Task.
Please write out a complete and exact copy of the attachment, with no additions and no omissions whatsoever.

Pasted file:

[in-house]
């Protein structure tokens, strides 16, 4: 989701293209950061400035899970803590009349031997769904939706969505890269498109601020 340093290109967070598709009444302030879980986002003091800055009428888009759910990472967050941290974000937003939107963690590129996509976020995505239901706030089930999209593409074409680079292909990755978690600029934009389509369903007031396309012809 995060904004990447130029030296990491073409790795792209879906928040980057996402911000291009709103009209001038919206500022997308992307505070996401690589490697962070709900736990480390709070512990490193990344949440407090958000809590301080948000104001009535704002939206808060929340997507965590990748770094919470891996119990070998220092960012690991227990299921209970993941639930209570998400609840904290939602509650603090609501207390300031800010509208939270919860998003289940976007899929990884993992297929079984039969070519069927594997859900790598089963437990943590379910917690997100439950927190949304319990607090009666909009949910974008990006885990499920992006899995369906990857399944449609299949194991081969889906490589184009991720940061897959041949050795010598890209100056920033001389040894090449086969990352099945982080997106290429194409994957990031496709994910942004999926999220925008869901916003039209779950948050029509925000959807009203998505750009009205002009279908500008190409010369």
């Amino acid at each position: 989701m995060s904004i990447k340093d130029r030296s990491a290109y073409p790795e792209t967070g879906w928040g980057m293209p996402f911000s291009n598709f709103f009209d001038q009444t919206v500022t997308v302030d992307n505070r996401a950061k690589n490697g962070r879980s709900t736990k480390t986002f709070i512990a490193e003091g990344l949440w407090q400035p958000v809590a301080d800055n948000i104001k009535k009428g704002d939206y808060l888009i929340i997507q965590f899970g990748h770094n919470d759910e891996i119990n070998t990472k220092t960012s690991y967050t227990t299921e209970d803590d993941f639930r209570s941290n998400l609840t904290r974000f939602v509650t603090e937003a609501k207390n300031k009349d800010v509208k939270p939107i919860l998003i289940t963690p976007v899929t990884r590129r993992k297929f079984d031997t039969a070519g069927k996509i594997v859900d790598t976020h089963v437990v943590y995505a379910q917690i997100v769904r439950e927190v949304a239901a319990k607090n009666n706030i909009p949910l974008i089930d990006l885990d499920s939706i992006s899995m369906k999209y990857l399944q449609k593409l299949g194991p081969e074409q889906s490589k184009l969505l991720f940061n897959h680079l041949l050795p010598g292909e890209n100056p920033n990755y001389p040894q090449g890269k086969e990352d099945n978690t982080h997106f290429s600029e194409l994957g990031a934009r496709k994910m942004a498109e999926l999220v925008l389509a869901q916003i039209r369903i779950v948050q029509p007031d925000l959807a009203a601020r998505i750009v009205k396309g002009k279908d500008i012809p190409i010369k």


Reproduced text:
[in-house]
């Protein structure tokens, strides 16, 4: 989701293209950061400035899970803590009349031997769904939706969505890269498109601020 340093290109967070598709009444302030879980986002003091800055009428888009759910990472967050941290974000937003939107963690590129996509976020995505239901706030089930999209593409074409680079292909990755978690600029934009389509369903007031396309012809 995060904004990447130029030296990491073409790795792209879906928040980057996402911000291009709103009209001038919206500022997308992307505070996401690589490697962070709900736990480390709070512990490193990344949440407090958000809590301080948000104001009535704002939206808060929340997507965590990748770094919470891996119990070998220092960012690991227990299921209970993941639930209570998400609840904290939602509650603090609501207390300031800010509208939270919860998003289940976007899929990884993992297929079984039969070519069927594997859900790598089963437990943590379910917690997100439950927190949304319990607090009666909009949910974008990006885990499920992006899995369906990857399944449609299949194991081969889906490589184009991720940061897959041949050795010598890209100056920033001389040894090449086969990352099945982080997106290429194409994957990031496709994910942004999926999220925008869901916003039209779950948050029509925000959807009203998505750009009205002009279908500008190409010369």
């Amino acid at each position: 989701m995060s904004i990447k340093d130029r030296s990491a290109y073409p790795e792209t967070g879906w928040g980057m293209p996402f911000s291009n598709f709103f009209d001038q009444t919206v500022t997308v302030d992307n505070r996401a950061k690589n490697g962070r879980s709900t736990k480390t986002f709070i512990a490193e003091g990344l949440w407090q400035p958000v809590a301080d800055n948000i104001k009535k009428g704002d939206y808060l888009i929340i997507q965590f899970g990748h770094n919470d759910e891996i119990n070998t990472k220092t960012s690991y967050t227990t299921e209970d803590d993941f639930r209570s941290n998400l609840t904290r974000f939602v509650t603090e937003a609501k207390n300031k009349d800010v509208k939270p939107i919860l998003i289940t963690p976007v899929t990884r590129r993992k297929f079984d031997t039969a070519g069927k996509i594997v859900d790598t976020h089963v437990v943590y995505a379910q917690i997100v769904r439950e927190v949304a239901a319990k607090n009666n706030i909009p949910l974008i089930d990006l885990d499920s939706i992006s899995m369906k999209y990857l399944q449609k593409l299949g194991p081969e074409q889906s490589k184009l969505l991720f940061n897959h680079l041949l050795p010598g292909e890209n100056p920033n990755y001389p040894q090449g890269k086969e990352d099945n978690t982080h997106f290429s600029e194409l994957g990031a934009r496709k994910m942004a498109e999926l999220v925008l389509a869901q916003i039209r369903i779950v948050q029509p007031d925000l959807a009203a601020r998505i750009v009205k396309g002009k279908d500008i012809p190409i010369k």